Different Pruning Cuts You MUST Know

Tree pruning
Worker Pruning A Tree

What are the different pruning cuts that are essential for homeowners to know?

Pruning is a gardening exercise that requires the careful elimination of certain parts of a plant, such as branches, buds, or roots. The purpose of pruning is to promote plant health and vigor, as well as to improve the appearance of the plant.

There are many different types of pruning cuts that can be made, and the type of cut will depend on the plant species, the time of year, and the desired goal. To prune a tree, you will need a sharp pruning saw or shears, gloves, and a ladder if the tree is tall. Make sure the tree is healthy and free of diseases before you begin pruning. It is best to prune in the late winter or early spring when the tree is dormant.

There are several different pruning cuts that everybody must know:

1. Heading Cuts

When to use Heading cuts?
• Small branches – to decrease the number of buds the plant needs to feed and grow, making the chance of stronger flowers and fruit from the buds that remain.
• Large branches – to streamline a plant (a multi-year process).
 On all branches – to get rid of damaged, diseased, or dead wood. 

What are Heading Cuts?
Heading cuts means eliminating the growing tip of a branch. This releases the side buds to grow causing a denser growth at the point of pruning. It is also the removal of a large trunk/branch back to a smaller side branch when the side branch is smaller than one-third the size of the larger trunk being eliminated.

When making heading cuts, cut just above a leaf node (the point where leaves attach to the stem), angle the cut so that it slopes away from the bud that is facing outward. This will help the branch grow in the desired direction.

2. Thinning Cuts

What are Thinning Cuts?
Thinning cuts are made by cutting the branch all the way back to the trunk or main stem. Make sure to cut at a 45-degree angle so that water can drain off easily.

These remove entire branches and are used to reduce the overall size of the plant. Thinning cuts decrease the canopy thickness but usually have little effect on height. Thinning allows better light access into the canopy, which promotes desired growth of internal branches. This enhances trunk taper and improves the general vitality of the main branches and trunk.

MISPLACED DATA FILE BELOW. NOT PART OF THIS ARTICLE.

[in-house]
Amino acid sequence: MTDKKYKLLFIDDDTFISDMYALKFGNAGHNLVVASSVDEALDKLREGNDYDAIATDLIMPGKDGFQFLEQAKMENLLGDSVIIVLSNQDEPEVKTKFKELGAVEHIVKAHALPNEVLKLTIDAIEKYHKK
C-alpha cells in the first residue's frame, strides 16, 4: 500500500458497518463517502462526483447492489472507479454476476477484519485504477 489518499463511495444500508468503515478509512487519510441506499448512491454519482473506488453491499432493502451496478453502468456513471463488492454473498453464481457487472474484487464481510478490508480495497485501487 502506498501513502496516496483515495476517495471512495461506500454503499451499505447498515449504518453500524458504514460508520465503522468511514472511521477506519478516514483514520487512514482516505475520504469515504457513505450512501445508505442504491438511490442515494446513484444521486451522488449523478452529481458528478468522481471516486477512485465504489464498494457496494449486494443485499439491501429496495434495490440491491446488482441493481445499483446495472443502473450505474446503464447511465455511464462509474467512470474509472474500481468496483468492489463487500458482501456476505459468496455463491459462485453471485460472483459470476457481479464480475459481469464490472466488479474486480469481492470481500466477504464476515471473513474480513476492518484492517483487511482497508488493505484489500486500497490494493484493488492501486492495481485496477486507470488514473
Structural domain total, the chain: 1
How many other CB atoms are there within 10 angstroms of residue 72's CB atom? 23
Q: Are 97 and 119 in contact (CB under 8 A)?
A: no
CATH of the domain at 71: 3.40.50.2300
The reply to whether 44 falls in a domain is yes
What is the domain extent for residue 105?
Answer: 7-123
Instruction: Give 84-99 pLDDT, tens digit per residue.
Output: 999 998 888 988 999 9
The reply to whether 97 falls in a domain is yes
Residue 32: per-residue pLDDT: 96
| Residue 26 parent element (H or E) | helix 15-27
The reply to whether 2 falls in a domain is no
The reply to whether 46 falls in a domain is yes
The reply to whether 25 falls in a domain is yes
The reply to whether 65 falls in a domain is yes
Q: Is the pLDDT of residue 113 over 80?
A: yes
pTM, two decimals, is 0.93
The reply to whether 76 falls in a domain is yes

Thinning cuts decrease the weight on large branches, providing the tree toughness to snow loading. The major use of thinning cuts is in the structural pruning of middle-aged trees, small trees, older trees, and shrubs.

3. Renewal Cuts

What are Renewal Cuts?
Renewal cuts are made by cutting the branch back to a point where there are three to five branches remaining. This will encourage new growth from the trunk or main stem. These remove large branches or stems all the way back to the trunk or main stem.

After you have made the cuts, remove any dead or diseased branches and leaves. These can be disposed of in the garbage. Place the cuttings in a compost bin if you have one. Water the tree well and mulch around the base of the tree to help retain moisture. Check the tree regularly for any new problems, such as pests or diseases.

Pruning trees can seem like a daunting task, but it is not that difficult once you know what to do. With a little practice, you must observe safety precautions when pruning your own tree. Right practice, you will be able to keep your trees healthy and looking great.

If you are still struggling to do the different types of pruning cuts, it is the sign to call for help from Tree Service Professionals. Contact Brooklyn Tree Service Pros­, NY if you want to know more about what the best cut for your tree is!

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